Dense charging network in Europe
Benedikt and I traveled in total for 72 days without any official charging station. We got used to manage finding electricity always somewhere and planned our days to have enough time for that. Being back to the EU means for us being back in an area with a wide charging network. The app “plugshare” shows plenty of opportunities where to charge electric vehicles. We feel spoiled and almost a bit lazy having such a resource of charging opportunity. Of course, charging and planning where to charge takes up way less of our mental resources and is no priority in our daily planning anymore. In Siaulai, Lithuania, we regretted this…
Charging or rather not charging in Siaulai
We left Riga in the late afternoon and intended to charge at a CHAdeMo charger in Siaulai. What we didn’t expected, was that the charger was out of service! We had our battery at 7% and there wasn’t really any other charging opportunity in the city. What to do? First, we asked at Lidl, the supermarket that provided the charger on their parking spot, if they have another three-phase outlet we could use for charging. They had none or didn’t wanted to give it to us. Second, we contacted someone, who offers a private CEE to charge EVs in Siaulai. Unfortunately, he was out of town and couldn’t really help us either. Benedikt already thought about camping at a Schuko outlet. That would have been the last option for me. It was about 7 or 8 p.m. when we started to drive around the city to look for restaurants or gas stations that might have three-phase outlet. And then we found a small mall. Since we had quite a few good experiences with finding CEE-outlets in underground parking, we also gave that one a try.
Charging (at least a bit)!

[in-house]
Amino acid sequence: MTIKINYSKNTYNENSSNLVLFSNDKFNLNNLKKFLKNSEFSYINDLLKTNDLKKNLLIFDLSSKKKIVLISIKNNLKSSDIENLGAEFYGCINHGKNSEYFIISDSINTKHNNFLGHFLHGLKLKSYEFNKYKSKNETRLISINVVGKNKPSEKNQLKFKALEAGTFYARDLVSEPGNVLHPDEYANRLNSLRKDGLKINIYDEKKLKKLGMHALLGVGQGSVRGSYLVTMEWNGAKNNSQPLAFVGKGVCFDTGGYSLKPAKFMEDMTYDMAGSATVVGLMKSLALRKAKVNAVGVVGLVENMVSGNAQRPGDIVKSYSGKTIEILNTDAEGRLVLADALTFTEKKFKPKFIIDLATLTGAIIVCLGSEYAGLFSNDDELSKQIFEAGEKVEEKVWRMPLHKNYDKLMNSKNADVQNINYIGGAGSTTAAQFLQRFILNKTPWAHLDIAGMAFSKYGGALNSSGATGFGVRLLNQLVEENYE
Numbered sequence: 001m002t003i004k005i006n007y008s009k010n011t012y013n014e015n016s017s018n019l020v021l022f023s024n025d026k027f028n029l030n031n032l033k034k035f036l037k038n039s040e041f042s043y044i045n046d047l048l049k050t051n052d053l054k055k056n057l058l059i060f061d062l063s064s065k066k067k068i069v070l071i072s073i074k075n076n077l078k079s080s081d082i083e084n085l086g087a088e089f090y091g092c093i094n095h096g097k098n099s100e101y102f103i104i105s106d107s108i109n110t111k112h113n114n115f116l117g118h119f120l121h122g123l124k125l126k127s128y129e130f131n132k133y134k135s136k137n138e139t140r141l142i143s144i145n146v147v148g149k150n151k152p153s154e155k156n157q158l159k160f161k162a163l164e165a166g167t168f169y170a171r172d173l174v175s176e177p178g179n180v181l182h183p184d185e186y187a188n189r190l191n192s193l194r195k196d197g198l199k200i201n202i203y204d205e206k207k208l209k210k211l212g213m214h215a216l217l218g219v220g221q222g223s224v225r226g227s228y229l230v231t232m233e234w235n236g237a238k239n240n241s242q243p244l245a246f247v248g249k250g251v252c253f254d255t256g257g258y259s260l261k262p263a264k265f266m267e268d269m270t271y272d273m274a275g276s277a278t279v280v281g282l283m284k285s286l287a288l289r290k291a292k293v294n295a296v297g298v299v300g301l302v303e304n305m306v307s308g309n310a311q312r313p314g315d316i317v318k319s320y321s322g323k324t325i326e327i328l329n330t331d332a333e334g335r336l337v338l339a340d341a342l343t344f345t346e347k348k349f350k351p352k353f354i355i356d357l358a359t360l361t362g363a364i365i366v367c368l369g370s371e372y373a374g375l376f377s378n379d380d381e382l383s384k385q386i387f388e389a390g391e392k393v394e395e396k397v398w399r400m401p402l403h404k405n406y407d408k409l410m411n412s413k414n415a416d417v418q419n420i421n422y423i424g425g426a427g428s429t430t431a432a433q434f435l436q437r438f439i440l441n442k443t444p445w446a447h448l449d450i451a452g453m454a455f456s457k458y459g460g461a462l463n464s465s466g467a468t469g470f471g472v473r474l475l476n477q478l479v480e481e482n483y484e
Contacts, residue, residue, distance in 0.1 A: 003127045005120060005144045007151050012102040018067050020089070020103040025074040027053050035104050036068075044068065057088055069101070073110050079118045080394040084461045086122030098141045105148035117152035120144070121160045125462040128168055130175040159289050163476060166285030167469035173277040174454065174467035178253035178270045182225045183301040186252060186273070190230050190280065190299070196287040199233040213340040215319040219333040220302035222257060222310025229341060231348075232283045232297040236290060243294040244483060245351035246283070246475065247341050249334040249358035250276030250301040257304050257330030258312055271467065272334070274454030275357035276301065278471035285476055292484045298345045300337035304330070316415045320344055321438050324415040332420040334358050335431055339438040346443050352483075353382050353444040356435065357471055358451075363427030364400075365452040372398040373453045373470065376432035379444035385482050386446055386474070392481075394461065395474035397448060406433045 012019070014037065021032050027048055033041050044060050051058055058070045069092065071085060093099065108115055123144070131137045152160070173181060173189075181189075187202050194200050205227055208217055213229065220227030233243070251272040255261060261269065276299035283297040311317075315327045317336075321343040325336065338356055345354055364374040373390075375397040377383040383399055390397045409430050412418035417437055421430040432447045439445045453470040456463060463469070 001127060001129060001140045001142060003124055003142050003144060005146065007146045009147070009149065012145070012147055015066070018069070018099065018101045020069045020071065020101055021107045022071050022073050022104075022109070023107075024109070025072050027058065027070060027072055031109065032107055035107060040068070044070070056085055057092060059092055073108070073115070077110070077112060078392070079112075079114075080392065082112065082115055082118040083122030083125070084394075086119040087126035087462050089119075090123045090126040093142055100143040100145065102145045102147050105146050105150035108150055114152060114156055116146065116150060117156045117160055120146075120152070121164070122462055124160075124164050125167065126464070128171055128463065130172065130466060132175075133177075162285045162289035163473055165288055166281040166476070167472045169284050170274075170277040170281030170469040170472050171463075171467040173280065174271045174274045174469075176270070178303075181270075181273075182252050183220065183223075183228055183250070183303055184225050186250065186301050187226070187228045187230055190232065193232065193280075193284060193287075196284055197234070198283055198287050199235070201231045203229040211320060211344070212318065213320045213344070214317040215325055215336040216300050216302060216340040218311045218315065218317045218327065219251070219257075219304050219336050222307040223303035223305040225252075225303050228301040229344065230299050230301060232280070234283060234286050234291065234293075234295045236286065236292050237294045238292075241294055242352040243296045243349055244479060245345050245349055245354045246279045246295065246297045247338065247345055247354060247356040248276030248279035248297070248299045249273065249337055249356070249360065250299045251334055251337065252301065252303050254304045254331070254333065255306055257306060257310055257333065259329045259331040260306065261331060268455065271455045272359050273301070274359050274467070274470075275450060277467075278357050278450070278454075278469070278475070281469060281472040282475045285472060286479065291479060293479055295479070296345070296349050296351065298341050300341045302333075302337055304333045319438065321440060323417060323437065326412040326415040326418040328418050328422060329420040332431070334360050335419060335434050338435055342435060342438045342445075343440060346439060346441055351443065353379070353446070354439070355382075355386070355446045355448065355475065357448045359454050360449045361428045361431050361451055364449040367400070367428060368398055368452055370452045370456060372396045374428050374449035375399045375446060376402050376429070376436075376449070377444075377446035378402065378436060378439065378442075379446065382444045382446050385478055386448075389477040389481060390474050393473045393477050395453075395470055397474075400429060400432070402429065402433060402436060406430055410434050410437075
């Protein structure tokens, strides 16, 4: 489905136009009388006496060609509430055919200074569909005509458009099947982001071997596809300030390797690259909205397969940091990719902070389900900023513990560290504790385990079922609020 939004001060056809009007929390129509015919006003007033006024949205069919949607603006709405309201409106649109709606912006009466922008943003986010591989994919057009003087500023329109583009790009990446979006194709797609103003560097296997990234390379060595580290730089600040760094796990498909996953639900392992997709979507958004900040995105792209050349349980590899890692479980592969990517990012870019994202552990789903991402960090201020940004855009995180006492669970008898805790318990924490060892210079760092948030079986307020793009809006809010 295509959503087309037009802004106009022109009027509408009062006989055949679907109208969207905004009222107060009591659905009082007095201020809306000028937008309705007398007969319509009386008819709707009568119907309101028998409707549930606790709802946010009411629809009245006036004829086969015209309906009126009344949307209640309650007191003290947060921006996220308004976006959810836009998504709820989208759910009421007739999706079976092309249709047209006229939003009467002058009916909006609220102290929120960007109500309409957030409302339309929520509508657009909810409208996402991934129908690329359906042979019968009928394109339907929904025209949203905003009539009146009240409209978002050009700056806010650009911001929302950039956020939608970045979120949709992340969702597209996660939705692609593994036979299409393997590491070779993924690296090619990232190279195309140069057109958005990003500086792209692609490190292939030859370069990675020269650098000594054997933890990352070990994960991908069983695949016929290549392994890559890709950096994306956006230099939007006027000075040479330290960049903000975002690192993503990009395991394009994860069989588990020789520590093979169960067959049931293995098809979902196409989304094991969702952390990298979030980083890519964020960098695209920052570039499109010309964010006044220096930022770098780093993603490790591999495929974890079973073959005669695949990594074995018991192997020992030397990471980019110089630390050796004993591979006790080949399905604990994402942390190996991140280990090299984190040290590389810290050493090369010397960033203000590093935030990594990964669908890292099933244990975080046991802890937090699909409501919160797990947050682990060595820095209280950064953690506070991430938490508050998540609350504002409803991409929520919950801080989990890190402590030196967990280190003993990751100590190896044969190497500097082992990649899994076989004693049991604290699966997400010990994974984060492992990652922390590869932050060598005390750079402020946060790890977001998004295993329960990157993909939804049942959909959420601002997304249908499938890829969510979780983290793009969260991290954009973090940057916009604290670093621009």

And there it was, right at the entrance door, a red CEE-32 outlet! There were even a few official charging stations in the garage! But, all of them were without electricity. No one in the shopping center was interested in solving this problem. We found one other, better hidden, CEE-outlet in the garage. But, since it wasn’t our lucky day, the fuse blew after only 2 minutes charging.
We had no other choice to go back to the “obvious one”, roll out an extension cord and charge like in a goldfish bowl. Luckily, no security noticed our doing. Unfortunately, we could only charge with about 13 amperes (even though the outlet was a CEE-32), since the voltage dropped increasingly with more amperes. It took us 2 hours to reach a percentage of the battery that would allow us to drive to the next charging possibility at a hotel, 80 km away from Siaulai.
The last charge of the night
With the 22 kw of the hotel charger that we could use for free, it took us another hour until the car was charged enough to finally drive to Kaunas. We left Panevezys at 1 a.m. and it took us almost 2 more hours to reach Kaunas. You can imagine how tired we were when we finally fall asleep in the early morning in our hotel beds in Kaunas.
|CEE-32||220 volt||3 * 13 amperes||8 kW||15 kWh|
|Typ 2||220 volt||3 * 32 amperes||22 kW||25 kWh|